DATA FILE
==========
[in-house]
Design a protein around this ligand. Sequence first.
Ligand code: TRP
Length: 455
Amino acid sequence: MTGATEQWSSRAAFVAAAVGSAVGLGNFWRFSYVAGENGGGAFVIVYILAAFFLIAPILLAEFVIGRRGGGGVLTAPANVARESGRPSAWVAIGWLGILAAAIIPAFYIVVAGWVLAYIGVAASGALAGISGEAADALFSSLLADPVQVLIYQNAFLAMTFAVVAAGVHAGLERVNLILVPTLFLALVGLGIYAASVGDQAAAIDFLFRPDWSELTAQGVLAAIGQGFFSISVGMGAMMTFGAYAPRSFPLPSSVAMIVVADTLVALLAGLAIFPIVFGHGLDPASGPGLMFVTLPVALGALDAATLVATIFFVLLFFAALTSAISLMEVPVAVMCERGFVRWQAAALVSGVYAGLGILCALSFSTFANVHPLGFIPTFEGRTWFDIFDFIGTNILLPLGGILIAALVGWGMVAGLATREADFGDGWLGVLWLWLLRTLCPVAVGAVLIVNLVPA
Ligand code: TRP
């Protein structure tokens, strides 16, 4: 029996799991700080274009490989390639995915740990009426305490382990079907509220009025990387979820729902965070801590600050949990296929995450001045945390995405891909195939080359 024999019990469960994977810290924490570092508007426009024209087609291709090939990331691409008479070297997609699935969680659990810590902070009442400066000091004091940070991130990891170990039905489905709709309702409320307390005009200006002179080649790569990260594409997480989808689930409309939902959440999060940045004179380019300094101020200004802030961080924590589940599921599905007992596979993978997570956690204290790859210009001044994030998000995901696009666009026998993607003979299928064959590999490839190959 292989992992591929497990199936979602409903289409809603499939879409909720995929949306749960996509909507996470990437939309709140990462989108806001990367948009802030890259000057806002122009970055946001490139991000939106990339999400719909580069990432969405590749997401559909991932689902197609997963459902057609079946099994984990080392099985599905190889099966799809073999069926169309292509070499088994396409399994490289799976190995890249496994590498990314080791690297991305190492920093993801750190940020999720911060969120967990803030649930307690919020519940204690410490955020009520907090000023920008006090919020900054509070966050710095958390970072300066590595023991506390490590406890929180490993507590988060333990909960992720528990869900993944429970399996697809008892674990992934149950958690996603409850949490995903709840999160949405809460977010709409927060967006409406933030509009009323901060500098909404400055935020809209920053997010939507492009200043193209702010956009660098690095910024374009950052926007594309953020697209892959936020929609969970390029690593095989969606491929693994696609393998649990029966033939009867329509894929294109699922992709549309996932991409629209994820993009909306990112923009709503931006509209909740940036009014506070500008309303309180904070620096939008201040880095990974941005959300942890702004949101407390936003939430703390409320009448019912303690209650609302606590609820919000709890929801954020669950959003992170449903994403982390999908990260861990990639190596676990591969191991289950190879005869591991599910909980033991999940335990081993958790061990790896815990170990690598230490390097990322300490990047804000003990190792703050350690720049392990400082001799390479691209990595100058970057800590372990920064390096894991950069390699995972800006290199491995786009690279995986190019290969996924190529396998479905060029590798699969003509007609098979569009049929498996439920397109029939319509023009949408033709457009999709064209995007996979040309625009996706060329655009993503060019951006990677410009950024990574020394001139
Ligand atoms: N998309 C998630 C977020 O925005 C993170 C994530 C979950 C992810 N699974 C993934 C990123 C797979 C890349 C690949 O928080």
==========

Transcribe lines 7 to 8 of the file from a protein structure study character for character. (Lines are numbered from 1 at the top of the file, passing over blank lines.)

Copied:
């Protein structure tokens, strides 16, 4: 029996799991700080274009490989390639995915740990009426305490382990079907509220009025990387979820729902965070801590600050949990296929995450001045945390995405891909195939080359 024999019990469960994977810290924490570092508007426009024209087609291709090939990331691409008479070297997609699935969680659990810590902070009442400066000091004091940070991130990891170990039905489905709709309702409320307390005009200006002179080649790569990260594409997480989808689930409309939902959440999060940045004179380019300094101020200004802030961080924590589940599921599905007992596979993978997570956690204290790859210009001044994030998000995901696009666009026998993607003979299928064959590999490839190959 292989992992591929497990199936979602409903289409809603499939879409909720995929949306749960996509909507996470990437939309709140990462989108806001990367948009802030890259000057806002122009970055946001490139991000939106990339999400719909580069990432969405590749997401559909991932689902197609997963459902057609079946099994984990080392099985599905190889099966799809073999069926169309292509070499088994396409399994490289799976190995890249496994590498990314080791690297991305190492920093993801750190940020999720911060969120967990803030649930307690919020519940204690410490955020009520907090000023920008006090919020900054509070966050710095958390970072300066590595023991506390490590406890929180490993507590988060333990909960992720528990869900993944429970399996697809008892674990992934149950958690996603409850949490995903709840999160949405809460977010709409927060967006409406933030509009009323901060500098909404400055935020809209920053997010939507492009200043193209702010956009660098690095910024374009950052926007594309953020697209892959936020929609969970390029690593095989969606491929693994696609393998649990029966033939009867329509894929294109699922992709549309996932991409629209994820993009909306990112923009709503931006509209909740940036009014506070500008309303309180904070620096939008201040880095990974941005959300942890702004949101407390936003939430703390409320009448019912303690209650609302606590609820919000709890929801954020669950959003992170449903994403982390999908990260861990990639190596676990591969191991289950190879005869591991599910909980033991999940335990081993958790061990790896815990170990690598230490390097990322300490990047804000003990190792703050350690720049392990400082001799390479691209990595100058970057800590372990920064390096894991950069390699995972800006290199491995786009690279995986190019290969996924190529396998479905060029590798699969003509007609098979569009049929498996439920397109029939319509023009949408033709457009999709064209995007996979040309625009996706060329655009993503060019951006990677410009950024990574020394001139
Ligand atoms: N998309 C998630 C977020 O925005 C993170 C994530 C979950 C992810 N699974 C993934 C990123 C797979 C890349 C690949 O928080």